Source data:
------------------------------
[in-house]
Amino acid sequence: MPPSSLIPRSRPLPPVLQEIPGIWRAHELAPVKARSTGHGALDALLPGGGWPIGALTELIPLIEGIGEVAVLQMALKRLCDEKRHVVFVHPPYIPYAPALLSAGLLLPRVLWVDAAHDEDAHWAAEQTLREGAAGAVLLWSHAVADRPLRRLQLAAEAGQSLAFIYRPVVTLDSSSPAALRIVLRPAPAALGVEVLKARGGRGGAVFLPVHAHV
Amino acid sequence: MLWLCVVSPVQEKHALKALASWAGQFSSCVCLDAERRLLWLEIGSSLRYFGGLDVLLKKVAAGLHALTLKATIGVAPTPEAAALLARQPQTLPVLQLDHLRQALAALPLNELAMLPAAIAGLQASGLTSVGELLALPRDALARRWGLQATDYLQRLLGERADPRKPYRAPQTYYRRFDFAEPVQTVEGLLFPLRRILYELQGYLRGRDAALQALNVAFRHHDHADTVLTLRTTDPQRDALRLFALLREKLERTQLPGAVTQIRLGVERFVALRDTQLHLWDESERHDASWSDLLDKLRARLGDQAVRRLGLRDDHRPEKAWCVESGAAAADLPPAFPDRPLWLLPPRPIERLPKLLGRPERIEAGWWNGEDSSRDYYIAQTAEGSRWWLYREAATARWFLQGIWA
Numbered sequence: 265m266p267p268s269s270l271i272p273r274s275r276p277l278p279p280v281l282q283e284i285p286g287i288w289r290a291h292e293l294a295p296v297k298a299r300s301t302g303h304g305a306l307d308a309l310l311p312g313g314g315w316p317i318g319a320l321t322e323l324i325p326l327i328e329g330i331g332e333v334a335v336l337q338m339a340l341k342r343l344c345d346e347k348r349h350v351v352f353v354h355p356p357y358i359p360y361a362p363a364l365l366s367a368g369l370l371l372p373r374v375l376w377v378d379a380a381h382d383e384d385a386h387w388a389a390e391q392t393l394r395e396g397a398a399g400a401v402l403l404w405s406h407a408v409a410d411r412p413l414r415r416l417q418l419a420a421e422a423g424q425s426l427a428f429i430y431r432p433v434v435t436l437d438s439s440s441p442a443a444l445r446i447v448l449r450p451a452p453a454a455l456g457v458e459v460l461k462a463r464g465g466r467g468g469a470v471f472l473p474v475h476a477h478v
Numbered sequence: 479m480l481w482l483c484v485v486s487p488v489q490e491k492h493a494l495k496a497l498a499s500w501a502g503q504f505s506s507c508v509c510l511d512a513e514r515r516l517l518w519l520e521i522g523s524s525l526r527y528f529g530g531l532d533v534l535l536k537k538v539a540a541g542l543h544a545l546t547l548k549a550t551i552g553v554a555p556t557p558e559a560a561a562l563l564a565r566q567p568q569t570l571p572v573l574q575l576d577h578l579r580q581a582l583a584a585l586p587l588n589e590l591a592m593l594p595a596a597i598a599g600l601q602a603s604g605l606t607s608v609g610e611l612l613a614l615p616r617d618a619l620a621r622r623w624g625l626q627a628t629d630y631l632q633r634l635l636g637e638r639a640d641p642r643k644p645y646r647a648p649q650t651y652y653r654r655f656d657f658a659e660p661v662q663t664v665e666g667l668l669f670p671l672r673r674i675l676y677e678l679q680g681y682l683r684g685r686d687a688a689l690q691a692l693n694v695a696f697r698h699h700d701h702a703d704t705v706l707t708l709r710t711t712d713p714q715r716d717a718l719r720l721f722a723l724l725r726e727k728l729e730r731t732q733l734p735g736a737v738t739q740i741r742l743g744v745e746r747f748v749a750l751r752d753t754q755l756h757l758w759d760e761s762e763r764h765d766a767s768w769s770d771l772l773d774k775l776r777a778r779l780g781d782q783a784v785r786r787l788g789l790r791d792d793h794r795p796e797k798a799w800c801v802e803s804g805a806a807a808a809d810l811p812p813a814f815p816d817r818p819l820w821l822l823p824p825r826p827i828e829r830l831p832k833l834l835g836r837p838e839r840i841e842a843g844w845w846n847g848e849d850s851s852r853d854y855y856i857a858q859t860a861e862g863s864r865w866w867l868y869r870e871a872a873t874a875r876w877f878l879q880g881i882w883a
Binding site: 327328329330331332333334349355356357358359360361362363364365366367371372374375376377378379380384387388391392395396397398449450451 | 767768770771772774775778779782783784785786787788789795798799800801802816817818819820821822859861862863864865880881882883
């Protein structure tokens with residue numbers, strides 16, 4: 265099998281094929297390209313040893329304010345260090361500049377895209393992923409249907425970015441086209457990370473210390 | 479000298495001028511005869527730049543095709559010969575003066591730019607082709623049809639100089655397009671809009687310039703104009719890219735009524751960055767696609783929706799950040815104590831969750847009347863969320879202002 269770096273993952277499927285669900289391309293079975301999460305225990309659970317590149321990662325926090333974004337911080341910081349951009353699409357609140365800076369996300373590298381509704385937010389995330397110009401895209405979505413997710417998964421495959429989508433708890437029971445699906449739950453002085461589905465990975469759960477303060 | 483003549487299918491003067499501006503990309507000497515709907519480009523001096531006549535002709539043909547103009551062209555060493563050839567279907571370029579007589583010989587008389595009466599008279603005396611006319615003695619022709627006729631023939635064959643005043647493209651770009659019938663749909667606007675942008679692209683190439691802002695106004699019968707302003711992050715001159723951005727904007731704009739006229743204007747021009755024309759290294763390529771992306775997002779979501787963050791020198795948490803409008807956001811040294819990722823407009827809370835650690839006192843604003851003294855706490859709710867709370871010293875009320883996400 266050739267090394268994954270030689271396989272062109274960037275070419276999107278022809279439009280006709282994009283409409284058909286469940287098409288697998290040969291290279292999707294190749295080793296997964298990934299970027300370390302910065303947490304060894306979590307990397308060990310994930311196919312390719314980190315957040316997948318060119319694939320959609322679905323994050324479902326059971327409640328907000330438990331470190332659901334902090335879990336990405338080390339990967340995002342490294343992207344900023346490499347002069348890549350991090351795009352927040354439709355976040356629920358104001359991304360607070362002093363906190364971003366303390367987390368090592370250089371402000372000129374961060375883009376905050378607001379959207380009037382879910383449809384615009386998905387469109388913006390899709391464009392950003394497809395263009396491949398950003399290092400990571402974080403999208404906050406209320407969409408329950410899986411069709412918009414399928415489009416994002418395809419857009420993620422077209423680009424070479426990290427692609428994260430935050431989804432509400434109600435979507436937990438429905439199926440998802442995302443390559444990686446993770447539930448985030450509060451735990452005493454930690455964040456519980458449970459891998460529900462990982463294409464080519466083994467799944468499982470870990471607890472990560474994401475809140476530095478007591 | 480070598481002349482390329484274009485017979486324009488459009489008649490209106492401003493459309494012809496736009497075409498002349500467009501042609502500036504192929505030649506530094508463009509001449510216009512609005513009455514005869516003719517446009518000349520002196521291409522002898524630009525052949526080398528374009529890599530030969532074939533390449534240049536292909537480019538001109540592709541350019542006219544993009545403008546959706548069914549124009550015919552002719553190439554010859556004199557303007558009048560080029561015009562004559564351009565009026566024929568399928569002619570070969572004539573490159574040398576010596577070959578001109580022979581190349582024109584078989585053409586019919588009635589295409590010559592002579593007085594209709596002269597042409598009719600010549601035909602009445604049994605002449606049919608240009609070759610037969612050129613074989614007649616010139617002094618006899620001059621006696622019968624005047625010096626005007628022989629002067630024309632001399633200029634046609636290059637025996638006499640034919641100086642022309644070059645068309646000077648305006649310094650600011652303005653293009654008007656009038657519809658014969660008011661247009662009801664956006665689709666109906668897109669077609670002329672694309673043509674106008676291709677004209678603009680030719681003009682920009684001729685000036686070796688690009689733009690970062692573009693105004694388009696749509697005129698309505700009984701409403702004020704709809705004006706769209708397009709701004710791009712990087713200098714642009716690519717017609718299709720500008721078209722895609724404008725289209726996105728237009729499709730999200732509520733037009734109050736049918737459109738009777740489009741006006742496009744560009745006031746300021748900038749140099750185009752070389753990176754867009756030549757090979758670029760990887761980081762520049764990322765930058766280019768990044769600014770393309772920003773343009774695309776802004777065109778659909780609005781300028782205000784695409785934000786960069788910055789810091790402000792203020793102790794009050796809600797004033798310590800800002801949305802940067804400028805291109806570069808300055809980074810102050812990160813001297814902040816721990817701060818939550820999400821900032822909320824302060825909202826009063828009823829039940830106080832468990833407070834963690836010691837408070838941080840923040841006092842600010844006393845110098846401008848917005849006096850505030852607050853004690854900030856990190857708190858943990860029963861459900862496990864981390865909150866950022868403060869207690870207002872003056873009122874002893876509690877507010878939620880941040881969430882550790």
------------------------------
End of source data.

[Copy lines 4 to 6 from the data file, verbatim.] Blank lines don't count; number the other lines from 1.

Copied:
Numbered sequence: 265m266p267p268s269s270l271i272p273r274s275r276p277l278p279p280v281l282q283e284i285p286g287i288w289r290a291h292e293l294a295p296v297k298a299r300s301t302g303h304g305a306l307d308a309l310l311p312g313g314g315w316p317i318g319a320l321t322e323l324i325p326l327i328e329g330i331g332e333v334a335v336l337q338m339a340l341k342r343l344c345d346e347k348r349h350v351v352f353v354h355p356p357y358i359p360y361a362p363a364l365l366s367a368g369l370l371l372p373r374v375l376w377v378d379a380a381h382d383e384d385a386h387w388a389a390e391q392t393l394r395e396g397a398a399g400a401v402l403l404w405s406h407a408v409a410d411r412p413l414r415r416l417q418l419a420a421e422a423g424q425s426l427a428f429i430y431r432p433v434v435t436l437d438s439s440s441p442a443a444l445r446i447v448l449r450p451a452p453a454a455l456g457v458e459v460l461k462a463r464g465g466r467g468g469a470v471f472l473p474v475h476a477h478v
Numbered sequence: 479m480l481w482l483c484v485v486s487p488v489q490e491k492h493a494l495k496a497l498a499s500w501a502g503q504f505s506s507c508v509c510l511d512a513e514r515r516l517l518w519l520e521i522g523s524s525l526r527y528f529g530g531l532d533v534l535l536k537k538v539a540a541g542l543h544a545l546t547l548k549a550t551i552g553v554a555p556t557p558e559a560a561a562l563l564a565r566q567p568q569t570l571p572v573l574q575l576d577h578l579r580q581a582l583a584a585l586p587l588n589e590l591a592m593l594p595a596a597i598a599g600l601q602a603s604g605l606t607s608v609g610e611l612l613a614l615p616r617d618a619l620a621r622r623w624g625l626q627a628t629d630y631l632q633r634l635l636g637e638r639a640d641p642r643k644p645y646r647a648p649q650t651y652y653r654r655f656d657f658a659e660p661v662q663t664v665e666g667l668l669f670p671l672r673r674i675l676y677e678l679q680g681y682l683r684g685r686d687a688a689l690q691a692l693n694v695a696f697r698h699h700d701h702a703d704t705v706l707t708l709r710t711t712d713p714q715r716d717a718l719r720l721f722a723l724l725r726e727k728l729e730r731t732q733l734p735g736a737v738t739q740i741r742l743g744v745e746r747f748v749a750l751r752d753t754q755l756h757l758w759d760e761s762e763r764h765d766a767s768w769s770d771l772l773d774k775l776r777a778r779l780g781d782q783a784v785r786r787l788g789l790r791d792d793h794r795p796e797k798a799w800c801v802e803s804g805a806a807a808a809d810l811p812p813a814f815p816d817r818p819l820w821l822l823p824p825r826p827i828e829r830l831p832k833l834l835g836r837p838e839r840i841e842a843g844w845w846n847g848e849d850s851s852r853d854y855y856i857a858q859t860a861e862g863s864r865w866w867l868y869r870e871a872a873t874a875r876w877f878l879q880g881i882w883a
Binding site: 327328329330331332333334349355356357358359360361362363364365366367371372374375376377378379380384387388391392395396397398449450451 | 767768770771772774775778779782783784785786787788789795798799800801802816817818819820821822859861862863864865880881882883